Journey to our Motherhouse

In 2020, Abbot Gregory Polan and I planned to lead a group of pilgrims to celebrate the 900th anniversary of the founding of our Swiss motherhouse, Engelberg Abbey, to visit several other monasteries in Switzerland and Germany, and to attend the Passion Play in Oberammergau, Germany, which is only performed every 10 years. The pandemic delayed the trip by two years, but it was well worth the wait.

In addition to Abbot Gregory and me, our group included Abbot Donato Ogliari, OSB, of Monte Cassino in Italy, our two youngest monks, Br. Simeon and Br. Mark, and about 20 other friends of the Abbey. As a gift, we presented to the Engelberg community a copy of the original memorial they sent to us in 1881, on the occasion of Conception becoming an independent abbey. Since that document expressed well the bond that
existed between the two communities from the beginning, we thought it fitting to renew and remind one another of that 150-year-old tie that continues to unite us.

Our visits to Einsideln Abbey and the former Abbey of St. Gaul in Switzerland and Ettal Abbey in Germany increased our sense of the cultural and spiritual influence Benedictines have had through the centuries. Attendance at the five-hour-long Passion Play in Oberammergau, separated into two parts by a break with supper, reminded us of the foundation, not only of our monastic vocation, but of our Christian religion, by the artistic representation of the life, passion, death and resurrection of our Lord Jesus Christ. It was because of that event and central mystery of our faith, that monks left Switzerland to bring the gospel of Jesus Christ to a New World. 

— Abbot Benedict Neenan, OSB

Gift to New Engelberg (Now Conception Abbey)

When the monks of the Swiss Abbey of Engelberg learned in 1881 that their Missouri daughter-house was elevated to the status of an abbey and that its founder, Frowin Conrad, would be New Engelberg’s first abbot, they commissioned a memorial communicating their joy at the good news. The memorial took the form of a diptych with a bifurcated frame surrounding a congratulatory text signed by Engelberg’s Abbot Anselm Villiger, OSB. 

The central piece of the frame shows in the upper part a seated Blessed Virgin holding the Christ Child. She appeared to Count Conrad of Sellenbüren (shown kneeling at her feet) and indicated where the monastery of Engelberg was to be built. Alongside Conrad is Adelhelm of Muri, Engelberg’s first abbot. The lower portion of the center piece presents three standing haloed figures, Frowin, Berchtold, and Adelhelm, all three venerated as saints of Engelberg. At the feet of the three blesseds are two kneeling figures, Frs. Frowin Conrad and Adelhelm Odermatt, sent by Engelberg to found a house of refuge in the New World; their missionary status is indicated by a pilgrim’s hat and walking stick on the ground next to them.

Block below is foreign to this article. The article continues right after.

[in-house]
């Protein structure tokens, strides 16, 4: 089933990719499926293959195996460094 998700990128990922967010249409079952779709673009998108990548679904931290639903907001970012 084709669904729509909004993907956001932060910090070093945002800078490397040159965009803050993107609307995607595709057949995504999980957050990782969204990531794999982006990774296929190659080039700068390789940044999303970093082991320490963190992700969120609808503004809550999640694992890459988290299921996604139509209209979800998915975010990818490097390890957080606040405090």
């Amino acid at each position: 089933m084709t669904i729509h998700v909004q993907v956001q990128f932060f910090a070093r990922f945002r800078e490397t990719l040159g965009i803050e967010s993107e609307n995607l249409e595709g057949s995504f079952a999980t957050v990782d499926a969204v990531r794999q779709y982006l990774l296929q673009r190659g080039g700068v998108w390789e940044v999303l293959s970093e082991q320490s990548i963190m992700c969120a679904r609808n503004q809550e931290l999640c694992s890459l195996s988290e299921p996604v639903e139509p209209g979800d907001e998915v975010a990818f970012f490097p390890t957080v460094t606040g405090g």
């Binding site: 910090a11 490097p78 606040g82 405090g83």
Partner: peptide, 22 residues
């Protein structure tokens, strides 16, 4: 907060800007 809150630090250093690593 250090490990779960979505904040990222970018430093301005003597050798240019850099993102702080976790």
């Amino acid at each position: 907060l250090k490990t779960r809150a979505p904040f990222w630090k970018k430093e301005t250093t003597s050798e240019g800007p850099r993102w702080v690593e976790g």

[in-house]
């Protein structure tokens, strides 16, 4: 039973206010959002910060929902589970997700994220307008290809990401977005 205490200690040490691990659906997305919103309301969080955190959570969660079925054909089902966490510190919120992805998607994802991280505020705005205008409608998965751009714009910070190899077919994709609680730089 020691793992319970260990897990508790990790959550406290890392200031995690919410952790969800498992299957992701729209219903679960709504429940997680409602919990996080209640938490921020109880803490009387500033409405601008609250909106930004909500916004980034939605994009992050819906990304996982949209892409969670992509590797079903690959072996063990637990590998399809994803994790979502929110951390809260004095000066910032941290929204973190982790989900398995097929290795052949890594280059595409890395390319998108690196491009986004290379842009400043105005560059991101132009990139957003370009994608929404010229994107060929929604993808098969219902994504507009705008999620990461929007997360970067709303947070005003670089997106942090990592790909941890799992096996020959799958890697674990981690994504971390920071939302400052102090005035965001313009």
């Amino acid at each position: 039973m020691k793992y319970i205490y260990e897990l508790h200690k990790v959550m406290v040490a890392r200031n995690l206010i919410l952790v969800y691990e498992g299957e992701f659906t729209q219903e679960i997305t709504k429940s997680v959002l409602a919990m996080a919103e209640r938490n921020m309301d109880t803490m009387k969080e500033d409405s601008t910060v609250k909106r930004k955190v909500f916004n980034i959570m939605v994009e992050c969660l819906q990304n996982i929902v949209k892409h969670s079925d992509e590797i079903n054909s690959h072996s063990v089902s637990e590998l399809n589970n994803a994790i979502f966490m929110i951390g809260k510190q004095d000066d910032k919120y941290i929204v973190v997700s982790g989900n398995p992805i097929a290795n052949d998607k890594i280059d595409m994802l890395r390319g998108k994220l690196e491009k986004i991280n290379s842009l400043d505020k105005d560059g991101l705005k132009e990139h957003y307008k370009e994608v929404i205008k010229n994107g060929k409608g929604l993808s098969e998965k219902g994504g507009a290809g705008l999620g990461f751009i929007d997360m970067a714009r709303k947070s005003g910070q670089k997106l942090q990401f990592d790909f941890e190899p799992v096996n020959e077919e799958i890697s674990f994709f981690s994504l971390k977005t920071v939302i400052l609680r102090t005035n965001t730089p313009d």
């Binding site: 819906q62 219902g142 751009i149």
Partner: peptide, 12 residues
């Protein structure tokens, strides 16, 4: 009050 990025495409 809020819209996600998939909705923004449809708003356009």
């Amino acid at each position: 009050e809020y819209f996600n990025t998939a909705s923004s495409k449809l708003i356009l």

Above each text block are heraldic arms presented by angels: on the left is the arms of Count Conrad (a bear) and on the right the arms of the abbey of Engelberg (a standing angel). Below the text on the left is a representation of Engelberg and on the right an image of the planned monastic complex at Conception. 

The upper corners show on the left and right the arms (a unicorn) of Abbot Anselm of Engel-berg and those of Abbot Frown Conrad of New Engelberg (featuring half of a wheel). Below each of the corner arms are banderoles naming the two abbots. Below each of these names are standing angels holding a miter and crosier on the left and a pilgrim’s hat and staff on the right. 

Below each of the angels are two flowers: on the left a lily illustrating Anselm Villiger’s abbatial motto, “Sicut lilia inter spinas” (“Like a lily among thorns”), and on the right a passion flower surmounted by a cross harmonizing with Frowin Conrad’s motto, “Per crucem ad lucem” (“Through the cross to the light”). The lower corners of the outer frames present two quatrefoils with the dates: “1082” on the left and “1873” on the right. The first, “1082,” was mistakenly thought to have been Engelberg’s foundation date (which now is understood as 1120). The right hand date, “1873,” marks the date of New Engelberg’s foundation.

The choice of images the artist used in the diptych highlight the foundation narratives of both Engelberg and New Engelberg as well as the persons of the founding abbots, Anselm Villiger and Frowin Conrad.

— Br. Thomas Sullivan, OSB


*article found in Summer 2022 issue of Tower Topics

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